HomeNewsBriefFarm Workers Massacred in Mexico’s Guerrero State
BRIEF

Farm Workers Massacred in Mexico’s Guerrero State

MEXICO / 5 MAR 2013 BY MARGUERITE CAWLEY EN

Ten workers have been murdered at a farm in Guerrero state, southwest Mexico, in a manifestation of the criminal violence that has sparked the formation of citizen self-defense forces.

The bodies were found in a melon farm in the municipality of Ajuchitlan del Progreso on March 3. The victims included the man in charge of the farm, eight men aged between 15 and 40, and a woman of 54, according to Excelsior.

The state Attorney General’s Office initially attributed the deaths to a shootout between rival criminal organizations, but later retracted this statement, reported Jornada. The newspaper quoted government sources as saying that an armed group, bearing AK-47s, had killed the victims one by one.

Following the attack, an army unit was sent to the scene. Local campesino organizations condemned the killing, and blamed the government for its failure to provide security in the region, saying that this justified the rise of self-defense groups.

InSight Crime Analysis

Guerrero state has been plagued by drug-related violence in recent months, and last September it overtook Chihuahua as the state that experienced the highest numer of organized crime-related murders in one month — the first time in four years that Chihuahua had not topped the list. The rise of smaller splinter organizations, formed after cartel leaders are captured or killed, is one of the factors driving up killings in the state.

As violence has spiraled, the population has increasingly decided to take matters into their own hands. Citizens’ self-defense groups are now reportedly operating in 68 Mexican municipalities, in 13 states, and Guerrero is one of the focal points of the phenomenon. Bruno Placido, Union of Peoples and Organizations of the State of Guerrero (UPOEG), told EFE last month, “The movement [has arisen] to prevent crime and avoid deaths … to reestablish the right the citizens have to recoup their lost dignity.”

Crimes such as this farm massacre lend weight to the vigilantes’ argument that the self-defense groups are a necessary response to the Mexican authorities’ inability to guarantee their security.

However, concerns have begun to arise over the increasing sophistication of these groups, which have been connected to crimes themselves. Colombian paramilitary organisations sprung from purported citizens’ self-defense movements in the 1980s, and the head of Mexico’s Human Rights Commission, Raul Plascencia, has warned Mexico’s groups could go down a similar road.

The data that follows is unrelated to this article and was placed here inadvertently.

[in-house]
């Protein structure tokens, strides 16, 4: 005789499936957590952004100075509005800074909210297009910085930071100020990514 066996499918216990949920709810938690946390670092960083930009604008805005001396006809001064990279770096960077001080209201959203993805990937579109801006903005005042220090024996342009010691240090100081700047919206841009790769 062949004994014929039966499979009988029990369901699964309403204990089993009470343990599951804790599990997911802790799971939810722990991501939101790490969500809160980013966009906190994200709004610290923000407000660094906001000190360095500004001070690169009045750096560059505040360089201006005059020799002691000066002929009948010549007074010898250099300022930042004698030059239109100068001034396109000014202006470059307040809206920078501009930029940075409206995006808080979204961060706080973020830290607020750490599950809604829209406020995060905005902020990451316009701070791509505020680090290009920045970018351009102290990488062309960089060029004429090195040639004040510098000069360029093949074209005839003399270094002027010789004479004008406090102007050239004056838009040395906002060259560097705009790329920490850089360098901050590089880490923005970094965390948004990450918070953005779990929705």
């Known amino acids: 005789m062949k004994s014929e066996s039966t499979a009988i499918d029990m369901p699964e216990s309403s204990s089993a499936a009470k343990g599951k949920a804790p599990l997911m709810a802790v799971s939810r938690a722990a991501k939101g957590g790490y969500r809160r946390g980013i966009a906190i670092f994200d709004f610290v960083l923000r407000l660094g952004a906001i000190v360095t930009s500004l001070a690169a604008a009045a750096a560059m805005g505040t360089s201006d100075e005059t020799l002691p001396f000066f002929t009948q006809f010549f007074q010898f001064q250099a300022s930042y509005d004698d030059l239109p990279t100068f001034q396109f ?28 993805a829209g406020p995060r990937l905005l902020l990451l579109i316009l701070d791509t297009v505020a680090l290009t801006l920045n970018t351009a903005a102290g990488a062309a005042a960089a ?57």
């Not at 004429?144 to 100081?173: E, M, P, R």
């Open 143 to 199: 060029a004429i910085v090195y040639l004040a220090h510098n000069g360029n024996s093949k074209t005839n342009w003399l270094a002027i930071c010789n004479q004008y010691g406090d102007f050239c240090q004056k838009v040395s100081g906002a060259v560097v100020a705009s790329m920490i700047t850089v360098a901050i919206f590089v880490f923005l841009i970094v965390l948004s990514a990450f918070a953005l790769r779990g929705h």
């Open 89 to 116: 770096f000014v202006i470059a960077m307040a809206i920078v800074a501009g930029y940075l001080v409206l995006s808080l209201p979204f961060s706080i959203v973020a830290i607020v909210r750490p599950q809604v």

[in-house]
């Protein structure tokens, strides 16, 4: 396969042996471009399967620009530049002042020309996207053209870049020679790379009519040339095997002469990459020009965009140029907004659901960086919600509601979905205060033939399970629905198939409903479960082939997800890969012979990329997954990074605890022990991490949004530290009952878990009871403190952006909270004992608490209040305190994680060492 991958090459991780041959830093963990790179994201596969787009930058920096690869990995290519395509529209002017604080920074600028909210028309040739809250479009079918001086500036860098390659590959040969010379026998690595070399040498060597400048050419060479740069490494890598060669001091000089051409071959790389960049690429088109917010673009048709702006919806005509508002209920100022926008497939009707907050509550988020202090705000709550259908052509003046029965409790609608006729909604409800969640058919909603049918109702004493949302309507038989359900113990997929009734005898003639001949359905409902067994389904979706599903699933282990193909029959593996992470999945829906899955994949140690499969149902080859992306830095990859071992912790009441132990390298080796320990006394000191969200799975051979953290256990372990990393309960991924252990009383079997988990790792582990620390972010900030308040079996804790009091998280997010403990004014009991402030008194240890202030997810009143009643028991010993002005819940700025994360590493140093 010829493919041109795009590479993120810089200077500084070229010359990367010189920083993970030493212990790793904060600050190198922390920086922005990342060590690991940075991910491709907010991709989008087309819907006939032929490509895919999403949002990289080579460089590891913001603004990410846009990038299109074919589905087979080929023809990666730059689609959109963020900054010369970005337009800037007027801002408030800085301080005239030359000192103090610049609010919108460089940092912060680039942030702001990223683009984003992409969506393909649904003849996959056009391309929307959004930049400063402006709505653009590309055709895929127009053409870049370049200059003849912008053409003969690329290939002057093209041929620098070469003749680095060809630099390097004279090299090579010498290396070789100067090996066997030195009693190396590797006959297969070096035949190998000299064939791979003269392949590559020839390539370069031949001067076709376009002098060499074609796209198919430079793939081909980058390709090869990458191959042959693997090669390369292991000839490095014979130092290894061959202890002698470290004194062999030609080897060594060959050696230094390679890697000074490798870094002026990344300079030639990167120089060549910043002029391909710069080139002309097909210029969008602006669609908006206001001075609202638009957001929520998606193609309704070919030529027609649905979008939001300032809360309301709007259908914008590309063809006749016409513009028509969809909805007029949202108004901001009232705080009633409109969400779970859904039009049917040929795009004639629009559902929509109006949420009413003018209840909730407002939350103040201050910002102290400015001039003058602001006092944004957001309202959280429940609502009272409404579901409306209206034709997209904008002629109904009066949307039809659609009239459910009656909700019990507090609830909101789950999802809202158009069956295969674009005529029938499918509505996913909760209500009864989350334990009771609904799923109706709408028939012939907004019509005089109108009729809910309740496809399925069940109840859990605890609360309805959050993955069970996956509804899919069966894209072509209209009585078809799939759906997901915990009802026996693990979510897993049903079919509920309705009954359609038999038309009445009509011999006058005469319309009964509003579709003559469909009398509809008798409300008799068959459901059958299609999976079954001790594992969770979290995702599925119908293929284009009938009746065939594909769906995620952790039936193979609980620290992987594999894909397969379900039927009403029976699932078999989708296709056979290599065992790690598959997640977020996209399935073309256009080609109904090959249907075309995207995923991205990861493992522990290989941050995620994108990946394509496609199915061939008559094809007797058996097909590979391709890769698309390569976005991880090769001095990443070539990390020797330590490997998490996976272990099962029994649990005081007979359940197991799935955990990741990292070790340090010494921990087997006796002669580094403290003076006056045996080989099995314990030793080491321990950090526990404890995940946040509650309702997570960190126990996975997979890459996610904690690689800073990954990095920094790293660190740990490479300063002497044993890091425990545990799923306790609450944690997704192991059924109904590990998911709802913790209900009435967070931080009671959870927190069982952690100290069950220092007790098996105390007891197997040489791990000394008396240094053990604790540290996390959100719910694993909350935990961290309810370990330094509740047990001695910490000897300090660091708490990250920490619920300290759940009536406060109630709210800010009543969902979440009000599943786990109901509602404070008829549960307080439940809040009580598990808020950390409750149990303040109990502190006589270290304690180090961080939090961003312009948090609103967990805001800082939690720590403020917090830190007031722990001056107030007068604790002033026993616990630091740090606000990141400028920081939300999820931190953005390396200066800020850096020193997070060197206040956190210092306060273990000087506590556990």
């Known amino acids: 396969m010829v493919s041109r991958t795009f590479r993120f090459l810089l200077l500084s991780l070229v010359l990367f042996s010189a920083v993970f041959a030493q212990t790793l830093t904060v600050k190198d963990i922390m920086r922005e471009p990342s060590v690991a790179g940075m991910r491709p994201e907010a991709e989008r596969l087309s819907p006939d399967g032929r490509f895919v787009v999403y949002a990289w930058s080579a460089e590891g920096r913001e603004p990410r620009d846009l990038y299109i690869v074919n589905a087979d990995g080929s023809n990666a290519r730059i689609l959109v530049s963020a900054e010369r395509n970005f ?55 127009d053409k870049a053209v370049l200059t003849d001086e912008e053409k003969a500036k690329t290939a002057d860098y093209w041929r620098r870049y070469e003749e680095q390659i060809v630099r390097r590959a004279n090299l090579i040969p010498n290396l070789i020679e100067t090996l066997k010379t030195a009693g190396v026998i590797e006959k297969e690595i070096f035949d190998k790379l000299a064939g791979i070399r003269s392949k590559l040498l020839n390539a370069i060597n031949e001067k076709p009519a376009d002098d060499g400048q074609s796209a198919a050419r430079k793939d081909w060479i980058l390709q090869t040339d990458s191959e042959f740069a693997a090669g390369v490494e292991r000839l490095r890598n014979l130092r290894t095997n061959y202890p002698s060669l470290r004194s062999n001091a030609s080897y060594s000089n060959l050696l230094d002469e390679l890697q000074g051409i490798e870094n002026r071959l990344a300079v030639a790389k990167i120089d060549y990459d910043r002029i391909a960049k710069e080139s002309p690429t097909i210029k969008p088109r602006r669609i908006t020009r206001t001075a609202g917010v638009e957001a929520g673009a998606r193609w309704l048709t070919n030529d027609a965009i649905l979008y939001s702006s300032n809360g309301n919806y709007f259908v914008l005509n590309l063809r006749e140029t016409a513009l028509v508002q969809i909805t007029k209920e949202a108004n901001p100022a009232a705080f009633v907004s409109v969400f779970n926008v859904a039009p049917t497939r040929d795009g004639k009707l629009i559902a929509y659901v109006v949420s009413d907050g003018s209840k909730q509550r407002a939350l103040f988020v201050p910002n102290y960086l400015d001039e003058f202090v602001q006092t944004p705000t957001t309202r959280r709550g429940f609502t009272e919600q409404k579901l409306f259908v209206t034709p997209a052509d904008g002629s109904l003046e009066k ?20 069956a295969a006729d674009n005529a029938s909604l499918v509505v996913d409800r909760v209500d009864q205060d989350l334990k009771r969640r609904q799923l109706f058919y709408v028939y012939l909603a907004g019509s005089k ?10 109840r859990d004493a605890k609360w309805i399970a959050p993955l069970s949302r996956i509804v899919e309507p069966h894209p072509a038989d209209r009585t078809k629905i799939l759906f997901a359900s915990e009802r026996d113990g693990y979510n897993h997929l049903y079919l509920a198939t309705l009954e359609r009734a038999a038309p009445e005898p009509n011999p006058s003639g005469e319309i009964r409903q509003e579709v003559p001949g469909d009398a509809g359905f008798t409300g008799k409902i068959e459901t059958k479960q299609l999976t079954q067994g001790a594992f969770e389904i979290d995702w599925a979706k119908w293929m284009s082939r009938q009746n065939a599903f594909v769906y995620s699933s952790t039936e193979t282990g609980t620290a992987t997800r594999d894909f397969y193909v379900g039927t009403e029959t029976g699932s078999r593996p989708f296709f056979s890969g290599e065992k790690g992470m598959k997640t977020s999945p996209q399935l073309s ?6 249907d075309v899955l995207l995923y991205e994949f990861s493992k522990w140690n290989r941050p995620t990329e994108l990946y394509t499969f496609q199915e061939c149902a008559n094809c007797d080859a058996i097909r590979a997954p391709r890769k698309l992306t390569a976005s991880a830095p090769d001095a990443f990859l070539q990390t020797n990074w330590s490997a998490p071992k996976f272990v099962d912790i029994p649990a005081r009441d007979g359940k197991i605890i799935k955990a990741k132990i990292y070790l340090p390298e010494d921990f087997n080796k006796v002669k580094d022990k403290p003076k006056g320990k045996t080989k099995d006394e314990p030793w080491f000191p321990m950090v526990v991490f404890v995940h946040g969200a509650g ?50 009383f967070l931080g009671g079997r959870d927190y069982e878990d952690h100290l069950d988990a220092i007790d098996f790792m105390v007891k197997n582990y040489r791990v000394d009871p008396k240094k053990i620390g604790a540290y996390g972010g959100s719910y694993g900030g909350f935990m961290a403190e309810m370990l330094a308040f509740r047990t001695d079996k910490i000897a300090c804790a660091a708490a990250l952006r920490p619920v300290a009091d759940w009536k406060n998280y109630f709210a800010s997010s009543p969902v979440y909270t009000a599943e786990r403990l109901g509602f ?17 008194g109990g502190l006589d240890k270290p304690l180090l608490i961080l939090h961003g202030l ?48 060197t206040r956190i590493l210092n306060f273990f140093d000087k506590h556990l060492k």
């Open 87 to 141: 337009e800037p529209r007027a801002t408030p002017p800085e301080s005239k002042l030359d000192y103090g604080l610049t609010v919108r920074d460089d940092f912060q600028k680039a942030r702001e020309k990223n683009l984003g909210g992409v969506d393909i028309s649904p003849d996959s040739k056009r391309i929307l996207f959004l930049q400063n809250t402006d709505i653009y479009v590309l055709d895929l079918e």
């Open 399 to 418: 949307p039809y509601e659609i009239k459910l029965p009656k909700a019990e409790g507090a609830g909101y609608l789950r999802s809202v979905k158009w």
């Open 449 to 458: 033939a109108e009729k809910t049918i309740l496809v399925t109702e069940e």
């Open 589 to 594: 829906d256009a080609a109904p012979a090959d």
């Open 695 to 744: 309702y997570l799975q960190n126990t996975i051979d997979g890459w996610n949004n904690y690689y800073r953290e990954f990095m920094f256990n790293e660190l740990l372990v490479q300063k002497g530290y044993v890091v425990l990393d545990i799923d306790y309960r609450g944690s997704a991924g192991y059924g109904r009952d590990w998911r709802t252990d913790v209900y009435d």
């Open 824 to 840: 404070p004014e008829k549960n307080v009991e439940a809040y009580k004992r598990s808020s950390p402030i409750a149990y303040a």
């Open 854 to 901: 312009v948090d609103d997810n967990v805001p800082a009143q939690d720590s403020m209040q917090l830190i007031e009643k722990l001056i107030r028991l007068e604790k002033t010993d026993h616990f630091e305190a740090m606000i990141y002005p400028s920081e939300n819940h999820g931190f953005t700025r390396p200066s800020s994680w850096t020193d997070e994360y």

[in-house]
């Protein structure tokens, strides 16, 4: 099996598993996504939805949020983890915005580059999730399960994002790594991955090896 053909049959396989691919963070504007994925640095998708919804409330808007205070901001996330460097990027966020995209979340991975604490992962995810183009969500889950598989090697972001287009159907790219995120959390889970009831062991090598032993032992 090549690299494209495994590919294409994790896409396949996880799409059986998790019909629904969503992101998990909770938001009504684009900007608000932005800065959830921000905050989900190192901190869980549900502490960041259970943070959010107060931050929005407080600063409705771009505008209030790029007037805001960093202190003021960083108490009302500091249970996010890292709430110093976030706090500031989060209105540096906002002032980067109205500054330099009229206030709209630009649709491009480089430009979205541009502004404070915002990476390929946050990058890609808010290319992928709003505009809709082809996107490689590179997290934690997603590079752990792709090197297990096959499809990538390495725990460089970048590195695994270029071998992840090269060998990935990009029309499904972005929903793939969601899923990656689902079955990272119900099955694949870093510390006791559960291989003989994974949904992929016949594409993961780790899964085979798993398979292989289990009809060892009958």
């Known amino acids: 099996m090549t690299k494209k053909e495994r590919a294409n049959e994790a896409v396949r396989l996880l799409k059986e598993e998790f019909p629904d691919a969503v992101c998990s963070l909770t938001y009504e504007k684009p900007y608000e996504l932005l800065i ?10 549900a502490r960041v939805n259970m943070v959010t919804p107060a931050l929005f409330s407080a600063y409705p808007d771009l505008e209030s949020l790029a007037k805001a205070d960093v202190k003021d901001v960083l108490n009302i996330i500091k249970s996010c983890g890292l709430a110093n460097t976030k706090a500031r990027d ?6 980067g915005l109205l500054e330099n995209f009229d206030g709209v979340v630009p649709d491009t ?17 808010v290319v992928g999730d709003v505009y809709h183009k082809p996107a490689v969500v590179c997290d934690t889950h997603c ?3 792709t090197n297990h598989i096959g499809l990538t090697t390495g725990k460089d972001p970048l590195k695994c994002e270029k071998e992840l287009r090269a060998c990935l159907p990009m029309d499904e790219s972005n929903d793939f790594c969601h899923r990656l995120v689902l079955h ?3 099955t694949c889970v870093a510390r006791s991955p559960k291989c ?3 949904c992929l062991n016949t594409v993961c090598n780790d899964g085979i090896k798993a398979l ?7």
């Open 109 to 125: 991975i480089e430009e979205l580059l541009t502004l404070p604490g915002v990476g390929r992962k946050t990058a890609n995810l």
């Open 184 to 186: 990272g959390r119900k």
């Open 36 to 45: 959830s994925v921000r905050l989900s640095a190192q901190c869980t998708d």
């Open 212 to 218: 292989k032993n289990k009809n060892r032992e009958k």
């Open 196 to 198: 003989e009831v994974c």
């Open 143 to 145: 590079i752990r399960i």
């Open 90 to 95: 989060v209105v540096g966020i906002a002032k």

The authorities’ initial response to the killing, classifying it as a shootout between criminal groups, is an example of the Mexican government’s tendency to accuse victims of having been involved in organized crime, often without basis.

Compartir icon icon icon

What are your thoughts? Click here to send InSight Crime your comments.

We encourage readers to copy and distribute our work for non-commercial purposes, with attribution to InSight Crime in the byline and links to the original at both the top and bottom of the article. Check the Creative Commons website for more details of how to share our work, and please send us an email if you use an article.

Related Content

MEXICO / 13 APR 2018

The US Federal Bureau of Investigation just added one of Mexico's most legendary gangsters, Rafael Caro Quintero, to its list…

HEROIN / 9 DEC 2016

Top executives of a US pharmaceutical company have been arrested for allegedly scheming to overprescribe the highly addictive opiate fentanyl,…

ARMS TRAFFICKING / 14 MAR 2011

Alongside the publication Sunday of an Op-Ed by President Barack Obama in the Arizona Daily Star, calling to…

About InSight Crime

THE ORGANIZATION

We Have Updated Our Website

4 FEB 2021

Welcome to our new home page. We have revamped the site to create a better display and reader experience.

THE ORGANIZATION

InSight Crime Events – Border Crime: The Northern Triangle and Tri-Border Area

ARGENTINA / 25 JAN 2021

Through several rounds of extensive field investigations, our researchers have analyzed and mapped out the main illicit economies and criminal groups present in 39 border departments spread across the six countries of study – the Northern Triangle trio of Guatemala, Honduras, and El…

BRIEF

InSight Crime’s ‘Memo Fantasma’ Investigation Wins Simón Bolívar National Journalism Prize

COLOMBIA / 20 NOV 2020

The staff at InSight Crime was awarded the prestigious Simón Bolívar national journalism prize in Colombia for its two-year investigation into the drug trafficker known as “Memo Fantasma,” which was…

ANALYSIS

InSight Crime – From Uncovering Organized Crime to Finding What Works

COLOMBIA / 12 NOV 2020

This project began 10 years ago as an effort to address a problem: the lack of daily coverage, investigative stories and analysis of organized crime in the Americas. …

ANALYSIS

InSight Crime – Ten Years of Investigating Organized Crime in the Americas

FEATURED / 2 NOV 2020

In early 2009, Steven Dudley was in Medellín, Colombia. His assignment: speak to a jailed paramilitary leader in the Itagui prison, just south of the city. Following his interview inside…